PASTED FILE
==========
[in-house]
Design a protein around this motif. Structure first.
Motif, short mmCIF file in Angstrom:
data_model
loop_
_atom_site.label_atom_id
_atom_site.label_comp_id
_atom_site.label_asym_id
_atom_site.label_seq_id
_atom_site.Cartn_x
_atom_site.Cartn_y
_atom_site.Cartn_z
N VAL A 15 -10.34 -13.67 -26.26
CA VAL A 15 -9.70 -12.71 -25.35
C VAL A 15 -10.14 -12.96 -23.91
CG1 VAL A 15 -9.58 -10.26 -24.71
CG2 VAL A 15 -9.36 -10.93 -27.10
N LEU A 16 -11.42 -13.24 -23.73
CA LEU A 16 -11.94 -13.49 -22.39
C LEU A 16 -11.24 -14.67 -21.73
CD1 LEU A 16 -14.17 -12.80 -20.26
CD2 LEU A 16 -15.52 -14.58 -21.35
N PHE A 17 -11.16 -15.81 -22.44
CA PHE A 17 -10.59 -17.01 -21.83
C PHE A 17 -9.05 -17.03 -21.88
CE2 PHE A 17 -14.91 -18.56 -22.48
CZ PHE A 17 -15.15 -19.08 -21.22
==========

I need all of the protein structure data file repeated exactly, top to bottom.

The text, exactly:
[in-house]
Design a protein around this motif. Structure first.
Motif, short mmCIF file in Angstrom:
data_model
loop_
_atom_site.label_atom_id
_atom_site.label_comp_id
_atom_site.label_asym_id
_atom_site.label_seq_id
_atom_site.Cartn_x
_atom_site.Cartn_y
_atom_site.Cartn_z
N VAL A 15 -10.34 -13.67 -26.26
CA VAL A 15 -9.70 -12.71 -25.35
C VAL A 15 -10.14 -12.96 -23.91
CG1 VAL A 15 -9.58 -10.26 -24.71
CG2 VAL A 15 -9.36 -10.93 -27.10
N LEU A 16 -11.42 -13.24 -23.73
CA LEU A 16 -11.94 -13.49 -22.39
C LEU A 16 -11.24 -14.67 -21.73
CD1 LEU A 16 -14.17 -12.80 -20.26
CD2 LEU A 16 -15.52 -14.58 -21.35
N PHE A 17 -11.16 -15.81 -22.44
CA PHE A 17 -10.59 -17.01 -21.83
C PHE A 17 -9.05 -17.03 -21.88
CE2 PHE A 17 -14.91 -18.56 -22.48
CZ PHE A 17 -15.15 -19.08 -21.22